Wow, that’s a mouthful right! I’m going to attempt to pull off the impossible here and tell my Christian journey up until today in 4 stages….
Stage 1 – Spirit-Filled Arminian
Picture me in a spirit-filled church at the ripe young age of 7 in front of a pulpit in the Midwest. That night the pastor, full of the Holy Ghost, broke from his preaching, and decided that he wanted to show us all a new dance that the Lord had shown him. I can’t remember for the life of me what it was called, but it was some preincarnation of the River Dance. One foot kicking out across and in front of the other, and then the opposite an so on. We were learning a dance that was holy and respectable before God. Now, flash forward 8 more years and picture me at a week long conference in North Carolina, where prophet X is in town for the next three nights and his anointing is so phenomenal, that if you miss a night you may regret it for the rest of your life. People smell smoke during his prayers, he throws water from the stage and people fall out under the power of the holy ghost, and on the final night, the crescendo, he peruses the isles to prophecy over someone. I, now 15, sit waiting nervously hoping and praying that he never picks me, because I’m scared to know what may lie in my future. These are of course the more extreme glimpses of my Christian upbringing by the way, but ‘ll explain why I still value it in some ways later on. For now though, let’s continue forward to me at the age of 25, in my seat at a more seeker sensitive, spirit-filled lite church. I find more comfort in a spirit-filled lite environment. Not because spirit-filled anything scares me, or because I’m skeptical, but because spirit-filled lite feels more biblically balanced to me. What does however trouble me is my growing discomfort and dissatisfaction with what I will dub as “The Word – lite”. At the time (1990’s), it would become the new church growth model/recipe for seeker-sensitive/non-denominational culture warriors.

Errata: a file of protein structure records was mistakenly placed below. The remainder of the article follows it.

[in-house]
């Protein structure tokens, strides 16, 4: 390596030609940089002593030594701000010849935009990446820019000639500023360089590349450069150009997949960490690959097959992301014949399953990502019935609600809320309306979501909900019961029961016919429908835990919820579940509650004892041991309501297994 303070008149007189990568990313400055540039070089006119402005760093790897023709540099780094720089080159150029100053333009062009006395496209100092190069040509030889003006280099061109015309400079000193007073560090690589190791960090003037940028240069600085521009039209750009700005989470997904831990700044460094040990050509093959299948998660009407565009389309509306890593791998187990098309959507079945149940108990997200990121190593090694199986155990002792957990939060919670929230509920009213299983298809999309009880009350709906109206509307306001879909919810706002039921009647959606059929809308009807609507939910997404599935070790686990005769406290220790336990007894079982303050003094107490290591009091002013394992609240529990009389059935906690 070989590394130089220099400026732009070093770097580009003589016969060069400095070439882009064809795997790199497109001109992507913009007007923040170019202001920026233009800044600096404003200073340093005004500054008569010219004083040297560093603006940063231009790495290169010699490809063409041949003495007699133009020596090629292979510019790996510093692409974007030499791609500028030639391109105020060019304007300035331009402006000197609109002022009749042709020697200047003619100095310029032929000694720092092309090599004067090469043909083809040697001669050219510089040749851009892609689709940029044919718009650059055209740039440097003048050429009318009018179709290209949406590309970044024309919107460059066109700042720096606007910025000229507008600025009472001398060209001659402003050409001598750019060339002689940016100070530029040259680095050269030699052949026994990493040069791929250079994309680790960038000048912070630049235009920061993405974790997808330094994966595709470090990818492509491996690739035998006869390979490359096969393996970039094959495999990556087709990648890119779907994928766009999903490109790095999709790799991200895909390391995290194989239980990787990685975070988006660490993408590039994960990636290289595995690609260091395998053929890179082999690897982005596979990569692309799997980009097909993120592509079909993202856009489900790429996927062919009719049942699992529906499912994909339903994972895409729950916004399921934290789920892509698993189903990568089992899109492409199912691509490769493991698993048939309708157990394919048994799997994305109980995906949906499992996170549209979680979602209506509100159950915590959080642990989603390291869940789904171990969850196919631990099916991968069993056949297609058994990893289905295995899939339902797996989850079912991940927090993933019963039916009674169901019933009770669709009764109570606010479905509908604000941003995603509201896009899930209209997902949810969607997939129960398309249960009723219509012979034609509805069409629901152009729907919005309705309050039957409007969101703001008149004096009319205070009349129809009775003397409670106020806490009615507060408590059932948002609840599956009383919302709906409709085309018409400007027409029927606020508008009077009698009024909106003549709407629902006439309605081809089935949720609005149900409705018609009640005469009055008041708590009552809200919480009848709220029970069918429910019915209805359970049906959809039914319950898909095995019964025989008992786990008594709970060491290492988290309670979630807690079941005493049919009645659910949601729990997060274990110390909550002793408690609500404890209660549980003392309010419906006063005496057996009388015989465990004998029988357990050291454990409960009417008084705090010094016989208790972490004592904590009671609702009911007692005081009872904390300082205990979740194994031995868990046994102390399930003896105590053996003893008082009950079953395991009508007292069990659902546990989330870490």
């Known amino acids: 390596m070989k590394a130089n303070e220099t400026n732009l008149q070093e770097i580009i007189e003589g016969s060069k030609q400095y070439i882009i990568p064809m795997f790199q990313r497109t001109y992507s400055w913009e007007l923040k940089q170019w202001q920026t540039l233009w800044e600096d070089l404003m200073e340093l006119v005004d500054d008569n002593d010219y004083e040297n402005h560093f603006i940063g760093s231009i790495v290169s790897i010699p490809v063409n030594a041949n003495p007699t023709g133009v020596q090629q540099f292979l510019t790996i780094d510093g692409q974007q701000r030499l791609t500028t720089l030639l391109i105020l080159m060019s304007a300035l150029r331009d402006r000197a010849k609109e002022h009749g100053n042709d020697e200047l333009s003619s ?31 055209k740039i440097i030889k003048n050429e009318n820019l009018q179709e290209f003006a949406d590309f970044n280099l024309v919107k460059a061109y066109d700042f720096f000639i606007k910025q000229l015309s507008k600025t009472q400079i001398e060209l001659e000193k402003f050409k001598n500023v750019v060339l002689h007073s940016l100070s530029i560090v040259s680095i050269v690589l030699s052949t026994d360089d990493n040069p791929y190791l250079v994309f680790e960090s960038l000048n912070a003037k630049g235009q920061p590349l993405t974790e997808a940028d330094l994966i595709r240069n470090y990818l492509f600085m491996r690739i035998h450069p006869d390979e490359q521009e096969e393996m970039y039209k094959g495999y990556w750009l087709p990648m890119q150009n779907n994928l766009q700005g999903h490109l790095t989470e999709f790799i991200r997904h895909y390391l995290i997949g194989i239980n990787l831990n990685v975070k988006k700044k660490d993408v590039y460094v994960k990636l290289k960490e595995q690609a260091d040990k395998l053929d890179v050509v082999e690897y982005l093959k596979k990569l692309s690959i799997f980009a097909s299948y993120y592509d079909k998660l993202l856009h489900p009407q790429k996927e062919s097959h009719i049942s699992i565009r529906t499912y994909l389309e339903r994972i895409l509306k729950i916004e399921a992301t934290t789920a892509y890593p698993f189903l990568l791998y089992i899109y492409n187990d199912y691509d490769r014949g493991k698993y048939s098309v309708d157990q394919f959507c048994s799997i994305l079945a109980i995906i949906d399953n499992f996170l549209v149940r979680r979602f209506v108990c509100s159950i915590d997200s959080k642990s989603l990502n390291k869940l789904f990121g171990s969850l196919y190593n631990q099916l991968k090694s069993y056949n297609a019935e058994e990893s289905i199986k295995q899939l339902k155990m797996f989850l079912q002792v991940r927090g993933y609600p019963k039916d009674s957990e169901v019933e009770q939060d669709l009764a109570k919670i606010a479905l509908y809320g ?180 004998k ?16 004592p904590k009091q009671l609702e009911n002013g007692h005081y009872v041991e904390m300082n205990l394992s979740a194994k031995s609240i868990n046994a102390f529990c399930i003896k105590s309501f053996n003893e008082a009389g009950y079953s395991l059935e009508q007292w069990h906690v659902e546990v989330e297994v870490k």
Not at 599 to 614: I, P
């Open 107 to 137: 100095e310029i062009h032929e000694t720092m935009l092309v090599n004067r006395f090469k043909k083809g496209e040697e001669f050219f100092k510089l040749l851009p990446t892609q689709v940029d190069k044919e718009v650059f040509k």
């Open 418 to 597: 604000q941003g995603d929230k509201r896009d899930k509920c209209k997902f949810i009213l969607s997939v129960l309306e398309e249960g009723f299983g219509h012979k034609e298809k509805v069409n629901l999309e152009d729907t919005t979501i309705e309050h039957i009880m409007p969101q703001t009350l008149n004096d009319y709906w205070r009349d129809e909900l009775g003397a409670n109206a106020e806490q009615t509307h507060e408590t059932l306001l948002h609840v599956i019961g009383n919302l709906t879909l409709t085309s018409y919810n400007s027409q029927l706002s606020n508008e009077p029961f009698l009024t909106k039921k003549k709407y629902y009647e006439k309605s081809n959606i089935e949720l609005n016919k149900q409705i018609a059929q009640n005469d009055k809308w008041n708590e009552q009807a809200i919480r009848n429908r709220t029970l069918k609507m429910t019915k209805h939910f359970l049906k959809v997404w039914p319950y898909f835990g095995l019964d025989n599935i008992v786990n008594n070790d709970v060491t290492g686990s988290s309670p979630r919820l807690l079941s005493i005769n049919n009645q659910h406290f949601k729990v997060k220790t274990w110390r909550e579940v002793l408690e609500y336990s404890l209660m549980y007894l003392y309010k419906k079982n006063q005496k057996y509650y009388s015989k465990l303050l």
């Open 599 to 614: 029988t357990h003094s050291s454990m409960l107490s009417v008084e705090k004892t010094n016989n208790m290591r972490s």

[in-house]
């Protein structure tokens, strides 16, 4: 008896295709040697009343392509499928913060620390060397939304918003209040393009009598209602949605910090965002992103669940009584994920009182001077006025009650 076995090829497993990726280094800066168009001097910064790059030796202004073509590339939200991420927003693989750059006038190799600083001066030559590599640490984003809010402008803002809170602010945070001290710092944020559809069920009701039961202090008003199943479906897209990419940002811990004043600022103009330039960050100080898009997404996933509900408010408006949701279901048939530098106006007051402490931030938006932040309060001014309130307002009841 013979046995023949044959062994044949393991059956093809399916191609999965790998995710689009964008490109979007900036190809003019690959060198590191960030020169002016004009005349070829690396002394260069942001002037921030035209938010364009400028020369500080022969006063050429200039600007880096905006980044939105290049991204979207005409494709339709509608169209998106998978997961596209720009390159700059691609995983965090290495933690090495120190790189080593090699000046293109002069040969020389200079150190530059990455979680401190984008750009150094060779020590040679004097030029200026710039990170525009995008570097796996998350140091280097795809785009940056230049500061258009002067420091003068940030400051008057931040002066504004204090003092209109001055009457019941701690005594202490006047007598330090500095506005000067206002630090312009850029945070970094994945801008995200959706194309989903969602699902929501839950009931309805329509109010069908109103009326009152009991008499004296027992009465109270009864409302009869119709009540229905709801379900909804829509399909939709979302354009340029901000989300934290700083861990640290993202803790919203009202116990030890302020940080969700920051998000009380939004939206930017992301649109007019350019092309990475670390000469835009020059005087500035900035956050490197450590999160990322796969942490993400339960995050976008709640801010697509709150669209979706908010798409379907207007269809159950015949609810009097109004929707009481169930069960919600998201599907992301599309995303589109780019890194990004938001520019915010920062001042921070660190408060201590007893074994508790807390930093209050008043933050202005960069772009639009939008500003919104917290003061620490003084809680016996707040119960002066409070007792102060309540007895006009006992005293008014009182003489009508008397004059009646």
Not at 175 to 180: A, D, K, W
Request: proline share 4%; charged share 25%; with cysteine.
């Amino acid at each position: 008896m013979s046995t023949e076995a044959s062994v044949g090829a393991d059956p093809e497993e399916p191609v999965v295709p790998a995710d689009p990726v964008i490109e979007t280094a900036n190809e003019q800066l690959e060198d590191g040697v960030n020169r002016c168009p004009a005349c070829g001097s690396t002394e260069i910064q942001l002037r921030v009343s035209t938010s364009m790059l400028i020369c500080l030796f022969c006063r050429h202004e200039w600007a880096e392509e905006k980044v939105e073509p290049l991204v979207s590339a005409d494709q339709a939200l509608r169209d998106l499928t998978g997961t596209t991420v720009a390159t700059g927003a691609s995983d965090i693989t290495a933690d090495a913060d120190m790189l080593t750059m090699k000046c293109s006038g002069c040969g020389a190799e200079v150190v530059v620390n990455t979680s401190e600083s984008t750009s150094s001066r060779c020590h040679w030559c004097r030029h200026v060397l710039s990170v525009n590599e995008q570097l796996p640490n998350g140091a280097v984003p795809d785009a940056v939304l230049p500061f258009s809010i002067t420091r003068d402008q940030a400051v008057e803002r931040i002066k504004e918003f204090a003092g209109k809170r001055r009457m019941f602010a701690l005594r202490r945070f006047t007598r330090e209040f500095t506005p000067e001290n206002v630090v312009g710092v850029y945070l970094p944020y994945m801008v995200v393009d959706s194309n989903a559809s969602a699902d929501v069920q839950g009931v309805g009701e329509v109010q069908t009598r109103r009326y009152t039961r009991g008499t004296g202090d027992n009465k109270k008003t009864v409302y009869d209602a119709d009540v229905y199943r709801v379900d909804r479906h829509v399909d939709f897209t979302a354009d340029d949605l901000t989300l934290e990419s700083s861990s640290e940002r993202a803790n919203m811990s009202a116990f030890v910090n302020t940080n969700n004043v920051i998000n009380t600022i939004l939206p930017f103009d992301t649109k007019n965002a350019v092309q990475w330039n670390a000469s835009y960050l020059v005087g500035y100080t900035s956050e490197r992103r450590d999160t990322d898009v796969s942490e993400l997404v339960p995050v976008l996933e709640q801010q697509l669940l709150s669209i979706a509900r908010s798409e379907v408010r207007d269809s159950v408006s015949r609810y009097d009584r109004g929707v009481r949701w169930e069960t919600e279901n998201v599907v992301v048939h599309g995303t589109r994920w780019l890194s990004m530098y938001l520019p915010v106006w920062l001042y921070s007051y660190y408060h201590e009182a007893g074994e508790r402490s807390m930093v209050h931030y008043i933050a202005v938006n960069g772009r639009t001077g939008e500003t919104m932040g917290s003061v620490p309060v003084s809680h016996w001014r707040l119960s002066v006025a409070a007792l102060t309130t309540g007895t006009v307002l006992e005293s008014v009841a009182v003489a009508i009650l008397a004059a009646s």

An experiment to see if the church could attract more people by lessening it’s use of hell and brimstone rhetoric, frank discussion about sin and repentance, and more meaty portions of bible teaching for a more friendly Philippians 4:8 style of teaching. The goal was reasonable. It was to broaden the gates, and to create a church environment where people who were seeking felt comfortable. In reality, it was church growth model built on someone’s research on sociological factors that affect people’s perception of the church. They attempted to take modern day cultural contexts (in a less churchy atmosphere), and to present it in fashion that was easy to digest with a slight Christian spin. Unfortunately it morphed itself in most churches into something called the self-help gospel. One I jokingly call the Tony Robbins gospel. Orthopraxy-dominate teaching (more practical teaching about putting doctrine into practice) as an alternative for the overly doctrinized Christians who were looking for something more practical in their everyday walk. All of this was good and helpful to an extent, yet I felt indifferent and more or less like young adult with gospel amnesia. Not only was I coming to the conclusion that I did not know what was in my bible, but I started to doubt and become more cynical about what I knew.
What I find incredibly interesting, is that some of the churches that spearheaded the movement later abandoned it. Willow Creek, is one of them. Due to the fact that their own internal research at some point revealed to them that they obviously had grown in numbers, but that their congregants were reporting that they did not feel like they were growing spiritually. http://www.christianitytoday.com/ct/2008/june/5.13.html. Later on Willow Creek itself admitted “We made a mistake.”
Note: This alone reveals one of the problems when church leaders meddle with “church growth models”. It causes people to second guess the authority of scripture, and the church growth models that are already contained in the bible. Simply put, whenever we decide that we have better formula for church growth then what Jesus had, we’re asking for big trouble.
I would later find out, that I was never taught with authority what I should have known from the very beginning. I later found out that I wasn’t at all alone. Apparently, a good portion of people in my generation felt the exact same way. It was as if the Holy Spirit picked all of us up simultaneously from our slumber and started to move us all out into a fresh new reality. We were all in search of something more.
Stage 2 – Anybody’s Guess……